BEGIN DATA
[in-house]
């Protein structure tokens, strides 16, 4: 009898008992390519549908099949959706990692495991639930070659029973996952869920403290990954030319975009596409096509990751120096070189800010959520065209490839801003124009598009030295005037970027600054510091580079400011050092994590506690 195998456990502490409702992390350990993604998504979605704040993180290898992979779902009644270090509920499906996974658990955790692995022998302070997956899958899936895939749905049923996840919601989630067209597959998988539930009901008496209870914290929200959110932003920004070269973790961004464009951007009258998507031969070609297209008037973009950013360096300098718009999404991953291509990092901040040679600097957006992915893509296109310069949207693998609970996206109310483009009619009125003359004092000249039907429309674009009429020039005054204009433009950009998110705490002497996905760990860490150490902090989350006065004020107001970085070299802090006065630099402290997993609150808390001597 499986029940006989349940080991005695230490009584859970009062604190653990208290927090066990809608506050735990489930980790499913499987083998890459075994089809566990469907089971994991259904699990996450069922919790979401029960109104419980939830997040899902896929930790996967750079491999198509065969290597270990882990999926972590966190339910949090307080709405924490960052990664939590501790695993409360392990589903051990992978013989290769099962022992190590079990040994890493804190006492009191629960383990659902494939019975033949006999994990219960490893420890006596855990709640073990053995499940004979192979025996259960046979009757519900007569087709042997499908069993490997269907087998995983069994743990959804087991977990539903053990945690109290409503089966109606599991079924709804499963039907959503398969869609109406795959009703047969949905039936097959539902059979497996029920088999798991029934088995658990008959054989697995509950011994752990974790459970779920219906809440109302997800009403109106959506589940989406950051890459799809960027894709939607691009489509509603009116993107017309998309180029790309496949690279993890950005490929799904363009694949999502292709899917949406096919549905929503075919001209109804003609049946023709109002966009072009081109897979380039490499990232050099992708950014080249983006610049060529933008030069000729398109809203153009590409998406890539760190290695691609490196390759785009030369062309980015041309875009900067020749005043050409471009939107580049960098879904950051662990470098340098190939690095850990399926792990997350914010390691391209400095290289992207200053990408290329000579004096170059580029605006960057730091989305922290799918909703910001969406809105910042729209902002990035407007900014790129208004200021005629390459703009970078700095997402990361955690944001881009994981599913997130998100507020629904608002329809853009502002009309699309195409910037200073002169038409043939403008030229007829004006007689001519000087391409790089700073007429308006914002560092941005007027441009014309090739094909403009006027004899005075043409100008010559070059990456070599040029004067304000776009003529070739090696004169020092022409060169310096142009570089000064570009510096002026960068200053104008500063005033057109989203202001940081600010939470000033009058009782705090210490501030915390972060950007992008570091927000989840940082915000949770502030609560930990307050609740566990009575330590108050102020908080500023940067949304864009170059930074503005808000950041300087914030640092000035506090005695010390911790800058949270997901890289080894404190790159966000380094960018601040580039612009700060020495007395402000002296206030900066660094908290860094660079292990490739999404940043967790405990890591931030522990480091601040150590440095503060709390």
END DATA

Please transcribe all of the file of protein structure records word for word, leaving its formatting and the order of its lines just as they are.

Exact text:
[in-house]
């Protein structure tokens, strides 16, 4: 009898008992390519549908099949959706990692495991639930070659029973996952869920403290990954030319975009596409096509990751120096070189800010959520065209490839801003124009598009030295005037970027600054510091580079400011050092994590506690 195998456990502490409702992390350990993604998504979605704040993180290898992979779902009644270090509920499906996974658990955790692995022998302070997956899958899936895939749905049923996840919601989630067209597959998988539930009901008496209870914290929200959110932003920004070269973790961004464009951007009258998507031969070609297209008037973009950013360096300098718009999404991953291509990092901040040679600097957006992915893509296109310069949207693998609970996206109310483009009619009125003359004092000249039907429309674009009429020039005054204009433009950009998110705490002497996905760990860490150490902090989350006065004020107001970085070299802090006065630099402290997993609150808390001597 499986029940006989349940080991005695230490009584859970009062604190653990208290927090066990809608506050735990489930980790499913499987083998890459075994089809566990469907089971994991259904699990996450069922919790979401029960109104419980939830997040899902896929930790996967750079491999198509065969290597270990882990999926972590966190339910949090307080709405924490960052990664939590501790695993409360392990589903051990992978013989290769099962022992190590079990040994890493804190006492009191629960383990659902494939019975033949006999994990219960490893420890006596855990709640073990053995499940004979192979025996259960046979009757519900007569087709042997499908069993490997269907087998995983069994743990959804087991977990539903053990945690109290409503089966109606599991079924709804499963039907959503398969869609109406795959009703047969949905039936097959539902059979497996029920088999798991029934088995658990008959054989697995509950011994752990974790459970779920219906809440109302997800009403109106959506589940989406950051890459799809960027894709939607691009489509509603009116993107017309998309180029790309496949690279993890950005490929799904363009694949999502292709899917949406096919549905929503075919001209109804003609049946023709109002966009072009081109897979380039490499990232050099992708950014080249983006610049060529933008030069000729398109809203153009590409998406890539760190290695691609490196390759785009030369062309980015041309875009900067020749005043050409471009939107580049960098879904950051662990470098340098190939690095850990399926792990997350914010390691391209400095290289992207200053990408290329000579004096170059580029605006960057730091989305922290799918909703910001969406809105910042729209902002990035407007900014790129208004200021005629390459703009970078700095997402990361955690944001881009994981599913997130998100507020629904608002329809853009502002009309699309195409910037200073002169038409043939403008030229007829004006007689001519000087391409790089700073007429308006914002560092941005007027441009014309090739094909403009006027004899005075043409100008010559070059990456070599040029004067304000776009003529070739090696004169020092022409060169310096142009570089000064570009510096002026960068200053104008500063005033057109989203202001940081600010939470000033009058009782705090210490501030915390972060950007992008570091927000989840940082915000949770502030609560930990307050609740566990009575330590108050102020908080500023940067949304864009170059930074503005808000950041300087914030640092000035506090005695010390911790800058949270997901890289080894404190790159966000380094960018601040580039612009700060020495007395402000002296206030900066660094908290860094660079292990490739999404940043967790405990890591931030522990480091601040150590440095503060709390």